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Letter from New York, 10-11: Dancetomorrow
Futur-o-scope from Dancenow/nyc

By Alison D'Amato
Copyright 2007 Alison D'Amato

NEW YORK -- The UpClose program of the Dancenow/nyc festival at Dance Theater Workshop began, on the afternoon of Saturday, September 8, with a machine. It was small, sat on a podium, and featured a slim silver rod poking up toward the ceiling of the studio. A young woman came out and approached it cautiously. As she adjusted the position of the podium, she looked at us, smiled sheepishly, and delivered the assurance: "This isn't part of it." Fair enough.

"It" was part of a shared bill of ten short works, all duets and solos, beginning with this piece, "An Ten Eye," choreographed by Christine Doempke. Doempke was listed as a performer, along with Jeff Prout, although nobody else appeared. Maybe Jeff Prout is the name of the machine (the an-ten-eye)? The little rod ended up being at the heart and soul of the work, which was a short sketch that gestured at the potential of motion-sensitive, sound-generating devices. As Doempke moved, the rod responded with noise. Although I have no idea what formula controlled their correlation, she imbued the relationship with comedy and warmth. Her emotive, reacting face lent the interaction some drama, if only for the few moments that it was developed.

Of all the ten short works on view, more than enough relied on female bodies that seemed to be manipulated, compelled or controlled by forces outside of themselves. That kinetic theme is not unfamiliar, but I was struck by it here because it played itself out almost pathologically -- in different ways, under the guise of different themes -- over the course of this packed program. Into that category squarely fell the next piece, "The Hypocrisy of Celebrity Profiles," a collaboration between Adam Scher and Kate Atherton. A lifeless, mannequin-like woman (Atherton) primped and prepped herself for a big night. An equally plastic, yet somehow slightly more self-possessed and autonomous, boyfriend/handler (Scher) entered and lifted her up by the breasts. He struggled, literally, to keep her engaged, instigating a violent, crashing pas de deux while his partner alternately drooped lifelessly and looked vaguely like she wouldn't mind escaping his grip. I get the humor of the piece, and I also get that it's a commentary on the abrasive falsity of celebrity culture, but a part of me wonders if this commentary faces the risk of becoming no more than an unconscious reiteration of the actual thing.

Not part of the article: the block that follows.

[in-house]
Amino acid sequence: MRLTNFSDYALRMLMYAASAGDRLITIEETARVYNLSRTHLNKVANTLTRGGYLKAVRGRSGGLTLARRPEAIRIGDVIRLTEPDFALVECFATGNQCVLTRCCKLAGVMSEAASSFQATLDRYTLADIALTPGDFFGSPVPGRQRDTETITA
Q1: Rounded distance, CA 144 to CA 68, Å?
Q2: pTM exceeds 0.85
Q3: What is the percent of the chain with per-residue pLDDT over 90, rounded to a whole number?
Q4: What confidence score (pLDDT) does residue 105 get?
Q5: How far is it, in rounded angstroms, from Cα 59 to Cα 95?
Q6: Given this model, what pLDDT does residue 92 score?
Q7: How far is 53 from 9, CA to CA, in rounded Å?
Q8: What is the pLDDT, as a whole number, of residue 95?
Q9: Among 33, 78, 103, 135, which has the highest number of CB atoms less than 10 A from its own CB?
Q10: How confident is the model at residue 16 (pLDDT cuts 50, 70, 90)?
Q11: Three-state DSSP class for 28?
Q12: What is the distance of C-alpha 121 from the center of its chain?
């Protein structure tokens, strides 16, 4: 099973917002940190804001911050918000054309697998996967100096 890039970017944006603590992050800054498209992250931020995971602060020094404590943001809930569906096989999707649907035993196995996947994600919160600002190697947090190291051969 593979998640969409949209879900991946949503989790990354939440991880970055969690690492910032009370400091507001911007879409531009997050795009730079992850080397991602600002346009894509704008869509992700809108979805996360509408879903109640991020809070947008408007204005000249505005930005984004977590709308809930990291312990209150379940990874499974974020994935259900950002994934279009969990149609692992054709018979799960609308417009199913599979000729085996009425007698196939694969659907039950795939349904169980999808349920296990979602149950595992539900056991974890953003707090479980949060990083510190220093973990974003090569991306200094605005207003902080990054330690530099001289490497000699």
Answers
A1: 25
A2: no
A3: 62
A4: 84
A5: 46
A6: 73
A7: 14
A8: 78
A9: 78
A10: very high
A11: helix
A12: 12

In "This Connected," a work choreographed by Emily Harper, a television set was wheeled into the space. The TV seemed to channel surf on its own, skimming from commercial to commercial at an increasingly rapid pace. Two dancers entered with cell phones; they appeared to be text messaging. At some point their attention was drawn to the flash of the TV and they stopped with their backs to us, staring. One of the dancers began to move around the TV and got rid of her cell phone. She was suddenly and inexplicably liberated, and spent the remainder of the piece trying to get her partner's attention away from one or the other of the fetishized devices. Clearly, this was a piece about trying to "connect." It was about -- literally -- choosing the virtual over the real. The movement material, though, was ambiguous and hung lifelessly on the theme of unhealthy fixation. The shred of narrative was not enough to give us any sense of what agency (i.e. physical actions deriving from a real live human being's desires and impulses) might look like up against the force of mechanization.

Things lightened up a little after this. Ashley Browne performed a breezy, lyrical solo accompanied by a recorded Aretha Franklin song, and Justina Gaddy presented "Mr. Woman," a quirky duet for a cross-dressing guy and girl team. Gaddy's performers were clearly having fun, and although the gender bending was superficial and didn't really do anything to enhance my experience of the work, the movement choices were complex and unexpected. Live accompaniment by the group ICELU was a bonus. Kim Goldman and Stephanie Oakes choreographed and performed in "Terrain," a stately work that made liberal use of unison. Cory Nakasue delivered a fraught solo for the talented Kristen Revier in which her Revier's heart (a paper cutout, hid in her bodice) ended up -- literally -- broken. In "Little Wonder," Kelly Hayes bounded around to the David Bowie song of the same title.

Two remaining works stood out: "Furies are Circuitous," by Jillian Sweeney with Tara O'Con, and "Hands/Self-Portraits," by Yo-el Cassell. These works seemed to sit in a different register in part, I think, because they didn't point outside themselves to generate meaning. Sweeney's work was charming without being insubstantial, and the logic she developed using a series of movement events was coherent without being derivative. O'Con in particular used her eyes as much as any other part of the body, and this gave us a sense of considered embodiment, the projection of a commanding persona behind the architecture of the movement. Cassell's solo work was by turns meditative and strenuous, yet the true dynamism of the piece was his own utter absorption into the evocation of a personal, inner landscape.

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